FIGS. 1B and 1C illustrate reading the bit value. In FIGS. 1B and 1C, tip assembly 100 is scanned across a portion of cured polyaryletherketone resin layer 130B. When indenter tip 120 is over a region of cured polyaryletherketone resin layer 130B not containing an indentation, heater 125 is a distance D1 from the surface of the cured polyaryletherketone resin layer (see FIG. 1B). When indenter tip 120 is over a region of cured polyaryletherketone resin layer 130B containing an indentation, heater 125 is a distance D2 from the surface of the cured polyaryletherketone resin layer (see FIG. 1C) because the tip “falls” into the indentation. D1 is greater than D2. If heater 125 is at a temperature TR (read temperature), which is lower than TW (write temperature), there is more heat loss to substrate 130A when indenter tip 120 is in an indentation than when the tip is not. This can be measured as a change in resistance of the heater at constant current, thus “reading” the data bit value. It is advantageous to use a separate heater for reading, which is mechanically coupled to the tip but thermally isolated from the tip. A typical embodiment is disclosed in Patent Application EP 05405018.2, 13 Jan. 2005.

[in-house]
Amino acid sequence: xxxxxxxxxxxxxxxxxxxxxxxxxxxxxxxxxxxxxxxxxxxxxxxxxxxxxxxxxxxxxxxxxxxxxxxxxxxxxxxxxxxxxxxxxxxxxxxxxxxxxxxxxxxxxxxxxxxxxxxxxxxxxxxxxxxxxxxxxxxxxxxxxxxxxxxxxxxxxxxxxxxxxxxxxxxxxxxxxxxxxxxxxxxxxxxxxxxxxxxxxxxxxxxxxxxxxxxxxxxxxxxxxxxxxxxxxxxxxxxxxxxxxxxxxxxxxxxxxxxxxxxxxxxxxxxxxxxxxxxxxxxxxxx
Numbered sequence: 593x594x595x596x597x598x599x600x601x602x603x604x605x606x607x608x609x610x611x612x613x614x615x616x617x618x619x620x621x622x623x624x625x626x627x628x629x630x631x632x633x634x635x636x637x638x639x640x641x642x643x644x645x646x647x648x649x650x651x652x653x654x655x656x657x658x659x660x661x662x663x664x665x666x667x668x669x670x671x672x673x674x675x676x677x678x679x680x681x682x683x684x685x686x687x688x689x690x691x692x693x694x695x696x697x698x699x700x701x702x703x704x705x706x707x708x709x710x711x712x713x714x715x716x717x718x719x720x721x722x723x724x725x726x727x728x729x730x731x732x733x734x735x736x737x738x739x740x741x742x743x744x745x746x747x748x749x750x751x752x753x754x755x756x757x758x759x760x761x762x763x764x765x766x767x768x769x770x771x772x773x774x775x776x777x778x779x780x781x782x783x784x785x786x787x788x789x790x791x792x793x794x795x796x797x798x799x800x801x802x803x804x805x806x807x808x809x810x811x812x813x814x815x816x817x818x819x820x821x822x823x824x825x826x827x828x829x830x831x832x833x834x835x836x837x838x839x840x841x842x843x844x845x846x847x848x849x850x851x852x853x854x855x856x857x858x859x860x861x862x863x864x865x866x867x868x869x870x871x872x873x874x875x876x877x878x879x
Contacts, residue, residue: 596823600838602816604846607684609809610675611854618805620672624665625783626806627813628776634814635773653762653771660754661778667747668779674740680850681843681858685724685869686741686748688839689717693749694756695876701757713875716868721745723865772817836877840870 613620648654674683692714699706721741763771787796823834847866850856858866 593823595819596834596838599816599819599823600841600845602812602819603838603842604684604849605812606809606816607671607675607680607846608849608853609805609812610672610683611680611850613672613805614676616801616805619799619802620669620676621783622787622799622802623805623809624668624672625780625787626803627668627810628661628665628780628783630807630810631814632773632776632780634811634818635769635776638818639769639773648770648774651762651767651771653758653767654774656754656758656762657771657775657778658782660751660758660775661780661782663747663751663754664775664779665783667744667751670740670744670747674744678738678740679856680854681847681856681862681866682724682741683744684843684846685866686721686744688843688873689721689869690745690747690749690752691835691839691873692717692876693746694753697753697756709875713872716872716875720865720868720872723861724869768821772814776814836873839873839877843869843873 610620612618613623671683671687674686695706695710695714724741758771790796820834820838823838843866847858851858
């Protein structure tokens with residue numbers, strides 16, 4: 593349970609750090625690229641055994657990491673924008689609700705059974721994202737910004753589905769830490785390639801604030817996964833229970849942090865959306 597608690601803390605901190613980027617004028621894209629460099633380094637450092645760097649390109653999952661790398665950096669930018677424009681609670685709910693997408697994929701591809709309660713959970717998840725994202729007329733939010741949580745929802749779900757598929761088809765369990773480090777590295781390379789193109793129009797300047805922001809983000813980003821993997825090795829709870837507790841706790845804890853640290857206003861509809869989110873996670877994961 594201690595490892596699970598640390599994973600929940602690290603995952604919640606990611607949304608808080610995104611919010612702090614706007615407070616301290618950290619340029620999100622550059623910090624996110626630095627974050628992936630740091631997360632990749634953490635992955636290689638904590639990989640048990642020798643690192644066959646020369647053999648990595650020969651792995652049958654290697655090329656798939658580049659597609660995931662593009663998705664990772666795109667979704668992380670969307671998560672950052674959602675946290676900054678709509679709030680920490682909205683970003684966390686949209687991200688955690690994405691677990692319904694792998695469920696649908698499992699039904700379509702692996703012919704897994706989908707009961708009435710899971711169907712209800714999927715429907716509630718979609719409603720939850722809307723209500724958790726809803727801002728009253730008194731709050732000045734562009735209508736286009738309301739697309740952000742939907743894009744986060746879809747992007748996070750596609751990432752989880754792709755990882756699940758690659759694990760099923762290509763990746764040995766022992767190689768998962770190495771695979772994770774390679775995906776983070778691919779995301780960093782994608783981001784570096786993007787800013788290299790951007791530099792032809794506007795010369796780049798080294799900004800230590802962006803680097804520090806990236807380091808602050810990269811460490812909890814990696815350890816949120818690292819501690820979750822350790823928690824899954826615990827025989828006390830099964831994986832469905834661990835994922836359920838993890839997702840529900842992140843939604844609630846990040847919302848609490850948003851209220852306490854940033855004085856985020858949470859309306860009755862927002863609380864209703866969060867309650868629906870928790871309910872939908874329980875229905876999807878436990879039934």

“Erasing” (not shown) is accomplished by positioning indenter tip 120 in close proximity to indentation 135, heating the tip to a temperature TE (erase temperature), and applying a loading force similar to writing, which causes the previously written indent to relax to a flat state whereas a new indent is written slightly displaced with respect to the erased indent. The cycle is repeated as needed for erasing a stream of bits whereby an indent always remains at the end of the erase track. TE is typically greater than TW. The erase pitch is typically on the order of the rim radius. In a first example, the cured polyaryletherketone resin layer 130B is heated by heated indenter tip 120, the temperature of the indenter tip is not greater than about 500 C., and the erase pitch is 10 nm to eliminate indentation 135. In a second example, the cured polyaryletherketone resin layer 130B is heated by heated indenter tip 120, the temperature of the indenter tip is not greater than about 400 C., and the erase pitch is 10 nm to eliminate indentation 135. In a third example, the cured polyaryletherketone resin layer 130B is heated by heated indenter tip 120, the temperature of the indenter tip is between about 200 C. and about 400 C., and the erase pitch is 10 nm to eliminate indentation 135. In a fourth example, the cured polyaryletherketone resin layer 130B is heated by heated indenter tip 120, the temperature of the indenter tip is between about 200 C. and about 500 C., and the erase pitch is 10 nm to eliminate indentation 135.